The Smart Justice Network at Your Fingertips

(This article is an edited version of one originally published March 21. 2014 by Marion Lane, on The Effervescent Bubble.)

Canadians who want to know what is happening in the Canadian criminal justice system and elsewhere in the world on justice issues broadly defined, have a readily available resource in to the Smart Justice Network of Canada (SJNC).

The SJNC originated in June 2011, in response to the federal government’s “tough on crime” Bill C-10. It has evolved into a not-for-profit organization consisting of people from across the country with wide experience in the criminal justice system. Their mandate is to promote discussion of what really works to foster crime prevention and justice, to explore the connections between crime and social conditions, increase collaboration between the criminal justice system and other sectors with proven success, and encourage adopting new approaches. Representing years of experience in the criminal justice system, they promote the best research and thinking now available about criminal justice issues, both in Canada and abroad.

SJNC is affiliated with no political party, and receives no government funding. Lorraine Berzins, a veteran justice policy analyst with fourteen earlier years’ experience in the federal corrections system, edits the SJNC website. It provides news, articles of more long-term interest, and more detailed information on the group’s history, mandate, and leading participants.

Volunteer retiree Michael Maher edits an email Communique which reviews the current scene from a broad range of sources. He monitors the internet for articles dealing with criminal justice and justice in the broader community sense. He keeps current on research and publication centres doing related work. He sends out this SJNC Communique to anyone who signs up to receive it, as email. Already, he has a mailing list of 370, made up of retired judges, crowns, public defenders, lawyers, social justice activists, advocacy groups, academics, law schools, politicians, faith-based groups, and groups involved in restorative justice initiatives.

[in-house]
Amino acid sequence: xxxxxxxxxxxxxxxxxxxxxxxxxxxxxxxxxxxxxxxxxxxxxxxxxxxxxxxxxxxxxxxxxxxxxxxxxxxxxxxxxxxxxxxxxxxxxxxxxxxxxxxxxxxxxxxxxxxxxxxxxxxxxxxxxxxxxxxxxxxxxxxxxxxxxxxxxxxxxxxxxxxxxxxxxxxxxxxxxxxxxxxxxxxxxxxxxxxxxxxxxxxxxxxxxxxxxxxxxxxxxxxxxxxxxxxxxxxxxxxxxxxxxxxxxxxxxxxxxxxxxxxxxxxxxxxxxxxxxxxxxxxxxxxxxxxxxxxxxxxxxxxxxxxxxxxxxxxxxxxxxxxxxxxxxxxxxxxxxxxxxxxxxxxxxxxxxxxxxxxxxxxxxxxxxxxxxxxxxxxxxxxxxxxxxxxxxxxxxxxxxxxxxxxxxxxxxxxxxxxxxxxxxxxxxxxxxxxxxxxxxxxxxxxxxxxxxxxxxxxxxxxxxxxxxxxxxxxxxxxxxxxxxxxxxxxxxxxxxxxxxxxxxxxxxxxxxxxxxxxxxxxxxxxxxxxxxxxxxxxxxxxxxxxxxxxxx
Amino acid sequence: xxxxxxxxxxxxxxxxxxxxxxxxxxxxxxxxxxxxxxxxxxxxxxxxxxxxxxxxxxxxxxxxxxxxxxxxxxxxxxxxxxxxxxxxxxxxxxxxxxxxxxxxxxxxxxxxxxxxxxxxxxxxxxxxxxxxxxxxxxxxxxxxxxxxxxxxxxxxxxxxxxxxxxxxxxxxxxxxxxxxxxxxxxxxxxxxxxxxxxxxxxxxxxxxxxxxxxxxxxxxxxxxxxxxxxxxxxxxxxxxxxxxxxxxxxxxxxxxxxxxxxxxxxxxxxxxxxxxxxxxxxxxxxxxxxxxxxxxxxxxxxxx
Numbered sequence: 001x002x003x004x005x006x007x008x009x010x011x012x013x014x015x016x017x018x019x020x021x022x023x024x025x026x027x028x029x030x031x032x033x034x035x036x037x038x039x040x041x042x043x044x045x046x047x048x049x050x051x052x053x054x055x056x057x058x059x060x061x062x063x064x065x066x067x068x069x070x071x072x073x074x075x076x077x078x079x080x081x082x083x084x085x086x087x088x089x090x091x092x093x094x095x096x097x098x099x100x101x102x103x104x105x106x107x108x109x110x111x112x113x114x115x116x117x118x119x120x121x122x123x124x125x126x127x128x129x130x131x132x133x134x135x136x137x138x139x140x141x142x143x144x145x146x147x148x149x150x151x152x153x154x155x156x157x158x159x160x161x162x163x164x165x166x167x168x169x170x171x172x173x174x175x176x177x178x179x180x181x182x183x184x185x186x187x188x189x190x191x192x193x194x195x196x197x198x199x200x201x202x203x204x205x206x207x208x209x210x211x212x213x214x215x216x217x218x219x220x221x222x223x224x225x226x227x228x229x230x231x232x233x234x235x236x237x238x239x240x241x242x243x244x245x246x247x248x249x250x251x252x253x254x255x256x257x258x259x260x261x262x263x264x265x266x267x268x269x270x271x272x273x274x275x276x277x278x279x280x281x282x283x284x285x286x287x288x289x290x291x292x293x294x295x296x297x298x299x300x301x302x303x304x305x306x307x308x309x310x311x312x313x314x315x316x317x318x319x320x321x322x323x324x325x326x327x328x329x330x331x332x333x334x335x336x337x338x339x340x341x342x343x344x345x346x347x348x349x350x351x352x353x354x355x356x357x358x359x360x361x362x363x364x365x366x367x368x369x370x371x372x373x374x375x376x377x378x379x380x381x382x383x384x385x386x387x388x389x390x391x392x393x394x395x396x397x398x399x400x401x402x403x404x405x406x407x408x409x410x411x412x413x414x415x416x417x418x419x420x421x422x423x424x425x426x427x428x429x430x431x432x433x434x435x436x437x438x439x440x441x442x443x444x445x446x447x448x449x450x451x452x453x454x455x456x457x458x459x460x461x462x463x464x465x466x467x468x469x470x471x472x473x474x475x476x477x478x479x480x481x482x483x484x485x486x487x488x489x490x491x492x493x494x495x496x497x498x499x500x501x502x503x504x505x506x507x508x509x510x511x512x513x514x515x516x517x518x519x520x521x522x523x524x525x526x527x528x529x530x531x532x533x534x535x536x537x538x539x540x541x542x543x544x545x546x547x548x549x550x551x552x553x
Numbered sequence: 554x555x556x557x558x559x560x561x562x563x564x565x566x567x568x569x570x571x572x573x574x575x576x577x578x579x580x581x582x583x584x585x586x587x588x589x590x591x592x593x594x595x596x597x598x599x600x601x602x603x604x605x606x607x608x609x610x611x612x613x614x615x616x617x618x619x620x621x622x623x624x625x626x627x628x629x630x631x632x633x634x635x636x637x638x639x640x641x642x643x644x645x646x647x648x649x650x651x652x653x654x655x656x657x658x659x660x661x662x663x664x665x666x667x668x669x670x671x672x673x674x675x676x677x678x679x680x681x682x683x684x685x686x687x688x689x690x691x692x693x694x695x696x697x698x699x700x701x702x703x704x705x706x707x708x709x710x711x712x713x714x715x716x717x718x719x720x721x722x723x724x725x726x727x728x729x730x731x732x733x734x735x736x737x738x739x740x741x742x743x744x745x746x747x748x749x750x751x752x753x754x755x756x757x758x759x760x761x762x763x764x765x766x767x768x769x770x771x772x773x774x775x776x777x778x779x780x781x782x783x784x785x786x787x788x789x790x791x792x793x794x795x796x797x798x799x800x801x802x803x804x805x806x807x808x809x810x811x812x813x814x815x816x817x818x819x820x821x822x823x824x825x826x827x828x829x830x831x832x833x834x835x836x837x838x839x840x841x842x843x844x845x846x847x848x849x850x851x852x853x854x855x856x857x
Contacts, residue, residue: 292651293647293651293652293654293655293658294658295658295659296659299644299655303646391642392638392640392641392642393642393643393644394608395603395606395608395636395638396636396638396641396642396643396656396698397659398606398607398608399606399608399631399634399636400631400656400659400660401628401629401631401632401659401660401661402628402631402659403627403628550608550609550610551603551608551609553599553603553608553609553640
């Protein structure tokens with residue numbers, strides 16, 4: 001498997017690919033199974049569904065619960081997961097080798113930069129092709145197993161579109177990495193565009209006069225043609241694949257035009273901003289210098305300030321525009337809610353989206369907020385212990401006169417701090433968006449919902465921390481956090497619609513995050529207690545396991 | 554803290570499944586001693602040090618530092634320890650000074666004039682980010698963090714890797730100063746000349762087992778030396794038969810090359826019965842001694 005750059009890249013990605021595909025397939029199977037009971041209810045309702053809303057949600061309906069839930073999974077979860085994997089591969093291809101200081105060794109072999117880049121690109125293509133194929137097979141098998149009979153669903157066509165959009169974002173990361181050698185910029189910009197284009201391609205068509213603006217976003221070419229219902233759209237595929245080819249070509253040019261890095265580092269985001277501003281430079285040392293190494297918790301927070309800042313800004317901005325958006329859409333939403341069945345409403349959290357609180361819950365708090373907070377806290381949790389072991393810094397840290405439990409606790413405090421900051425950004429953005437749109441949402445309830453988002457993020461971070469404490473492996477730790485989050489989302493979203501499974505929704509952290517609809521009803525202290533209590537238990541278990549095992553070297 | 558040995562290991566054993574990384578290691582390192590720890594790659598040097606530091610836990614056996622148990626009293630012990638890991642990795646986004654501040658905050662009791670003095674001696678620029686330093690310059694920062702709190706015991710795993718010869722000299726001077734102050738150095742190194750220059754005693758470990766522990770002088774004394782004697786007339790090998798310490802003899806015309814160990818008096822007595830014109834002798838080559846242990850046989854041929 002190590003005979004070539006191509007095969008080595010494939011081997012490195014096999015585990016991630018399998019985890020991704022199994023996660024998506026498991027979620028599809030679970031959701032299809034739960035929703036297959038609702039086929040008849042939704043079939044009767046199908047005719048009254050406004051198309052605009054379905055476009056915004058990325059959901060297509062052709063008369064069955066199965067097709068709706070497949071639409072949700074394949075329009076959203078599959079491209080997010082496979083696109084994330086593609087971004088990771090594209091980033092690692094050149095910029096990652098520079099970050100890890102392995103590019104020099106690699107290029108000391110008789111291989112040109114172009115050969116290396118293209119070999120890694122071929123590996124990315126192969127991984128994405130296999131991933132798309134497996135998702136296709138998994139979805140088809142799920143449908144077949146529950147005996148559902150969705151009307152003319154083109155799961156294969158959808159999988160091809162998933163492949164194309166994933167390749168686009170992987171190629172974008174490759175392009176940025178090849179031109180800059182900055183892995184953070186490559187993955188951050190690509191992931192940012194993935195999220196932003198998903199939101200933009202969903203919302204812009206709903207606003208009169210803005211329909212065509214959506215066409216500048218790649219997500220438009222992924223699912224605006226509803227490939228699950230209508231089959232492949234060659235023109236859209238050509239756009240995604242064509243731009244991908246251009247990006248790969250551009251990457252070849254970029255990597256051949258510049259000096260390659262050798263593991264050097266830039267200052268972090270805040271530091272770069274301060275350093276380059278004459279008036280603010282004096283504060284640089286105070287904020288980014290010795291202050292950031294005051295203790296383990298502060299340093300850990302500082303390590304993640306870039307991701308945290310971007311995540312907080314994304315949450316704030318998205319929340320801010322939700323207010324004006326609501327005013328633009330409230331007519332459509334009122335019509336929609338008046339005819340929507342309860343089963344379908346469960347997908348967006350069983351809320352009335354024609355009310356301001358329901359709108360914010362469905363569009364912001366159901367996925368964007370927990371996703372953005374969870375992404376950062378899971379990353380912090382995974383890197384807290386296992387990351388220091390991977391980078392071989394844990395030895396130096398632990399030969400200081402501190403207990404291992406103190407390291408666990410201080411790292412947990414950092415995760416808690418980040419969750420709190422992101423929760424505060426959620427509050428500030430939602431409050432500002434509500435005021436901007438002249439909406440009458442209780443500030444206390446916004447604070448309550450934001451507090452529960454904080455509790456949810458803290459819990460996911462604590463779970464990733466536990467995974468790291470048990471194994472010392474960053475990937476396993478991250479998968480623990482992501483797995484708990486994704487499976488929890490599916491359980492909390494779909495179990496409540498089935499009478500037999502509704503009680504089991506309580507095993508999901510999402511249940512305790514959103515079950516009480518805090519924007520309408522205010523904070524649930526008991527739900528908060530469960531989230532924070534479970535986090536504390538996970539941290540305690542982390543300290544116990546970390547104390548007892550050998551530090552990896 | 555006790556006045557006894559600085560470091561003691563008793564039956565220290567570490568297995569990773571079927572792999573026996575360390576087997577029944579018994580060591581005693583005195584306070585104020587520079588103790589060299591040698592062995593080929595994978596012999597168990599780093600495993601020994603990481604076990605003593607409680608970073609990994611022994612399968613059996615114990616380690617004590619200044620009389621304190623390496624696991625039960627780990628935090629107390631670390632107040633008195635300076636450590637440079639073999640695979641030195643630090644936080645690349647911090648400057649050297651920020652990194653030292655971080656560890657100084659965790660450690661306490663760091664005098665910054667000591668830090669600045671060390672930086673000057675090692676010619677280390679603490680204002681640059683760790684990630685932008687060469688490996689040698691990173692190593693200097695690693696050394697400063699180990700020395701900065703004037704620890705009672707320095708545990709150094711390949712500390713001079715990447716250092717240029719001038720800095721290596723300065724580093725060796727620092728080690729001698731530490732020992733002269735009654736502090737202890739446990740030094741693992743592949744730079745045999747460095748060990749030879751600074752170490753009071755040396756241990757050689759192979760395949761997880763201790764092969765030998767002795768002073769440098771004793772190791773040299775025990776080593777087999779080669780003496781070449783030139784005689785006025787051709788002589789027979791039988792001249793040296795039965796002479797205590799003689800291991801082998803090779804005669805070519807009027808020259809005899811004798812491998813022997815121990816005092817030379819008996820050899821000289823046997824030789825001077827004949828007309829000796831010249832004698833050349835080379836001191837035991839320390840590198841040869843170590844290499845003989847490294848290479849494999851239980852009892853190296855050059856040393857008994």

A single edition which appeared in my email inbox is typical and topical. It gives internet links to a variety of stories on legal issues current at the time: the appointment of former Public Safety Minister Vic Toews to the Manitoba Queens Bench,   the negative impact of the federal Department of Justice imposing a lifetime gag order on their employees, and Jeffery Simpson writing on the Fair Elections Act.  It links to a Ontario Human Rights Commission Report on police use of force and mental health, a research report from the state of Victoria in Australia showing how the “crime crackdown leads to a booming…prison population,” and another done in New Hampshire showing that “walkable” neighbourhoods increase community commitment. There are references to two other stories out of the United States, one on minimum sentences in Indiana, the other about federal appeals court rulings clarifying rights in deportation rules.

The beauty of the SJNC Communique is that the editor does a brief précis of each item of interest and then readers can follow up as they choose. The perspective reflects the best thinking in criminological circles and provides readers with resources from which to evaluate current government “law and order” policies and other actions in the legal sector. To join the Smart Justice Network distribution list, send your email address to info@smartjustice.ca. I highly recommend it.

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